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The majority of farmers in the world still practise some form of subsistence farming. Their draught-animal and handwork-based farming practices, however, cannot be compared with the completely mechanised and highly automated precision-farming practices that are becoming the norm for many of their North American colleagues. Hence, ‘farming’ is a term too general to be explanatory. The same may be said of the term ‘surveying’. A modern surveyor cannot anymore do without a digital computer, which he needs to swiftly perform complex mathematical operations on measurement data he acquires with sophisticated and highly automated equipment. The same technology enables an earth-moving machine automatically to dig a canal or to terrace a slope, according to the spatial form that has been geometrically designed in a computer and transferred to the machine’s navigation and operating system. But like all farming, surveying too is based on some generic concepts independent of the technology used to put these into practice.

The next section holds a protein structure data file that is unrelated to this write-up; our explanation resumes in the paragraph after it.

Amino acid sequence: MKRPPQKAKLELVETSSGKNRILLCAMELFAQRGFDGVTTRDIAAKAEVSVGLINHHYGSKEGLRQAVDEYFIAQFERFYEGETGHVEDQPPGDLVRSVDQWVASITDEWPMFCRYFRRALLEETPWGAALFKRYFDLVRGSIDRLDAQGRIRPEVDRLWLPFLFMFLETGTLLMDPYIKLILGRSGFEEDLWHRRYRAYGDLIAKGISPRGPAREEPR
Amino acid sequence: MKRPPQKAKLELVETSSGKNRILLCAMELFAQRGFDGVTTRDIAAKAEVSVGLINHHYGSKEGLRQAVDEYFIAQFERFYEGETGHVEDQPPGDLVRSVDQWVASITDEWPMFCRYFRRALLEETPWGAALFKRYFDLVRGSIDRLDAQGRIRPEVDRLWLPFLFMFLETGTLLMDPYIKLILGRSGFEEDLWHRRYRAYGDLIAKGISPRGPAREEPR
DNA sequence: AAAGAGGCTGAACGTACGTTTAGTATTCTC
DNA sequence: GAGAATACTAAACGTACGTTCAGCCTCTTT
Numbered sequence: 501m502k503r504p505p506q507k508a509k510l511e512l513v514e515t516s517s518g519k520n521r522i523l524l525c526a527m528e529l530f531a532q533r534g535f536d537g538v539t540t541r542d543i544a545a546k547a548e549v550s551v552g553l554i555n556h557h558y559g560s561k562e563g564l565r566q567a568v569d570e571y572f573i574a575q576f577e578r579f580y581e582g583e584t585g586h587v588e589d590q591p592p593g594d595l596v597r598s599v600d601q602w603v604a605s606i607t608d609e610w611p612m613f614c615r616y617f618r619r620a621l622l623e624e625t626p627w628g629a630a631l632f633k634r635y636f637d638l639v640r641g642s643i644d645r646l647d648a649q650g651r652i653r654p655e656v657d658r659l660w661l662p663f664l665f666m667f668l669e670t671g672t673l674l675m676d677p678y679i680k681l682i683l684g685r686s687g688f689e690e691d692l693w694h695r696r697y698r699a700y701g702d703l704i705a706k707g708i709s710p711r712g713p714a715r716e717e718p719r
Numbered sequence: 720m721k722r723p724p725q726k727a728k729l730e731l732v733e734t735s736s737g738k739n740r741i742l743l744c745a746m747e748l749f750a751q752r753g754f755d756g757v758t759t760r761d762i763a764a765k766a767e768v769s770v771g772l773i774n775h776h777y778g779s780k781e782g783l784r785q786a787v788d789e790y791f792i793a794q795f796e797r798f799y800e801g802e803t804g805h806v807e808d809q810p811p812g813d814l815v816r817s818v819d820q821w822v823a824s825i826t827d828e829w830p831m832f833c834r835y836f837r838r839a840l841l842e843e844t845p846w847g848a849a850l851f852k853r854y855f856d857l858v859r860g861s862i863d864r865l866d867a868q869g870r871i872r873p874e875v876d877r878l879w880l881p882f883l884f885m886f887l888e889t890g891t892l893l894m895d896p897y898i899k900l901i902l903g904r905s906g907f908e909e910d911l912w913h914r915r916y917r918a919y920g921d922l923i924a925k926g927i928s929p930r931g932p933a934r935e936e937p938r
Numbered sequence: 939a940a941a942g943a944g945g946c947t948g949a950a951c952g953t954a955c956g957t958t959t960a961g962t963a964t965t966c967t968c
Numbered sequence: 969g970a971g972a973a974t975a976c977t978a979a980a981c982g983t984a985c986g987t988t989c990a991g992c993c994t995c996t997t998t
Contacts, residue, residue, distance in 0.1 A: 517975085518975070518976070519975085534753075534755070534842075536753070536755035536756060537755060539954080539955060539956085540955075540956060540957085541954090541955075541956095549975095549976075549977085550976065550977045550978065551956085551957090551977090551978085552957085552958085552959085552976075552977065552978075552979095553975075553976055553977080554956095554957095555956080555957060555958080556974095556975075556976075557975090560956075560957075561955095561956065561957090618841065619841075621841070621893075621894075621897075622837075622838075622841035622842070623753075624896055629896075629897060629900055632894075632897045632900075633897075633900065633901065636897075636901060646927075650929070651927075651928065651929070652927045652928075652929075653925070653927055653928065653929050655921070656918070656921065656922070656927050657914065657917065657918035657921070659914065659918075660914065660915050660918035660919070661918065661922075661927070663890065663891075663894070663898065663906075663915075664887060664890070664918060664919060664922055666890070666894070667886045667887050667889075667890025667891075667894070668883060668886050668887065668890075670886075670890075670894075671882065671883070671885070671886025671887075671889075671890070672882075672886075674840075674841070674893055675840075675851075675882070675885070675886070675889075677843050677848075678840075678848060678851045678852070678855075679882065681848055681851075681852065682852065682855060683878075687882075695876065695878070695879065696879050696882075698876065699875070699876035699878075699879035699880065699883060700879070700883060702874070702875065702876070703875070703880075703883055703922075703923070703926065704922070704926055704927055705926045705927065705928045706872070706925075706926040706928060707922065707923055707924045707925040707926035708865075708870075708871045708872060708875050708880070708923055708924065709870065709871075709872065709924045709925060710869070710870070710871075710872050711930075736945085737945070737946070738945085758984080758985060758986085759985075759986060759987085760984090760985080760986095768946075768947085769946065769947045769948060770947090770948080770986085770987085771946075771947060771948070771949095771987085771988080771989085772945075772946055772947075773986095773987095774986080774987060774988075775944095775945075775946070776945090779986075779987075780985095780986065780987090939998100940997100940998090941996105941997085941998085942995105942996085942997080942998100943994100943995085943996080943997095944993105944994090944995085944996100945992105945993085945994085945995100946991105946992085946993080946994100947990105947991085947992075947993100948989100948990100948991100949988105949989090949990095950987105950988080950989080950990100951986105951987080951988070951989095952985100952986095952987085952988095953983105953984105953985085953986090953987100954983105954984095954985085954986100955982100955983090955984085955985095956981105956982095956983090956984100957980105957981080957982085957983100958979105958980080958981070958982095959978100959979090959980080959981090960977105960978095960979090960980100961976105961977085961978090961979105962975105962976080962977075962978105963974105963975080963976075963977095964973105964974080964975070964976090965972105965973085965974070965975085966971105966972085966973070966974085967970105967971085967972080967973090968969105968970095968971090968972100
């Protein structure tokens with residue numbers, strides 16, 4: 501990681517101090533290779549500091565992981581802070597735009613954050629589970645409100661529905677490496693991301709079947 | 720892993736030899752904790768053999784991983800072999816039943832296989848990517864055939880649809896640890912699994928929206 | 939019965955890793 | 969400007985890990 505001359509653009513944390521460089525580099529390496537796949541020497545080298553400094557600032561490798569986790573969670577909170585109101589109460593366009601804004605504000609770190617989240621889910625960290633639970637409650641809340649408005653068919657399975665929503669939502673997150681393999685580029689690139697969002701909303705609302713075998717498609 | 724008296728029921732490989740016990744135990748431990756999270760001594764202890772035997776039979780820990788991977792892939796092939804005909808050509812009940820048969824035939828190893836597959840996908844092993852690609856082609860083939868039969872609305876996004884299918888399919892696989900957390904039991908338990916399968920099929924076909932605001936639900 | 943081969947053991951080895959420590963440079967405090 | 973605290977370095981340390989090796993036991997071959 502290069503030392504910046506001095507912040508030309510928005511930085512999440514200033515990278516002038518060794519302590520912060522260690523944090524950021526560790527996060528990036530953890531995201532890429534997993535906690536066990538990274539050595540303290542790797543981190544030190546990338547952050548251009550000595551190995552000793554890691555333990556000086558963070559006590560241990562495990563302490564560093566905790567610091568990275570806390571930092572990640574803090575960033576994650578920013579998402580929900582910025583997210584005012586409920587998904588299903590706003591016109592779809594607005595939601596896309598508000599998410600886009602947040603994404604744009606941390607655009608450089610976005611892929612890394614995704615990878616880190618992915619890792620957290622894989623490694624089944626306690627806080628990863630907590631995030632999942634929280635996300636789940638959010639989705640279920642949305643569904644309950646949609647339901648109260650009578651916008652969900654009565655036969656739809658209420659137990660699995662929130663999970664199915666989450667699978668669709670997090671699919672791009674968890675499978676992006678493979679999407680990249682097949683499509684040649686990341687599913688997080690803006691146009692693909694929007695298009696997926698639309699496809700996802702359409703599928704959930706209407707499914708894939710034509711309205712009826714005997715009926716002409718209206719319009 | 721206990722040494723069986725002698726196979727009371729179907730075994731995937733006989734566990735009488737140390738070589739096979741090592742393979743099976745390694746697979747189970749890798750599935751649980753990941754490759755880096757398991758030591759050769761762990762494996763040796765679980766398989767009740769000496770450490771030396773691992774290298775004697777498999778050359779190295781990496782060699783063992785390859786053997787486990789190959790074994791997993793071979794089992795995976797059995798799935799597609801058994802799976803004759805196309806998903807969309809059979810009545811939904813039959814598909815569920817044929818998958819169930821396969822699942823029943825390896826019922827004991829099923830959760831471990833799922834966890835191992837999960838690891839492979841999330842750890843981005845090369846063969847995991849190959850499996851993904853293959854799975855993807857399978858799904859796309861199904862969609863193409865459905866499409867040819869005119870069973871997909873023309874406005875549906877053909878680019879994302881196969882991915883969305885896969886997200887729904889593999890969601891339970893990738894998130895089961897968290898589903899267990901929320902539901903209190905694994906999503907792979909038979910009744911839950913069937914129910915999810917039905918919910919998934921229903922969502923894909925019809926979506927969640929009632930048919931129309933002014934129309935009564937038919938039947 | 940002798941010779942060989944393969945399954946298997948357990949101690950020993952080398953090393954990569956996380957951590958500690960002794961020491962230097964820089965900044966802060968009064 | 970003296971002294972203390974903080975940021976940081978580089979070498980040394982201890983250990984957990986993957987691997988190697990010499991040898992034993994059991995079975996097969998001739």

Version 2, 2005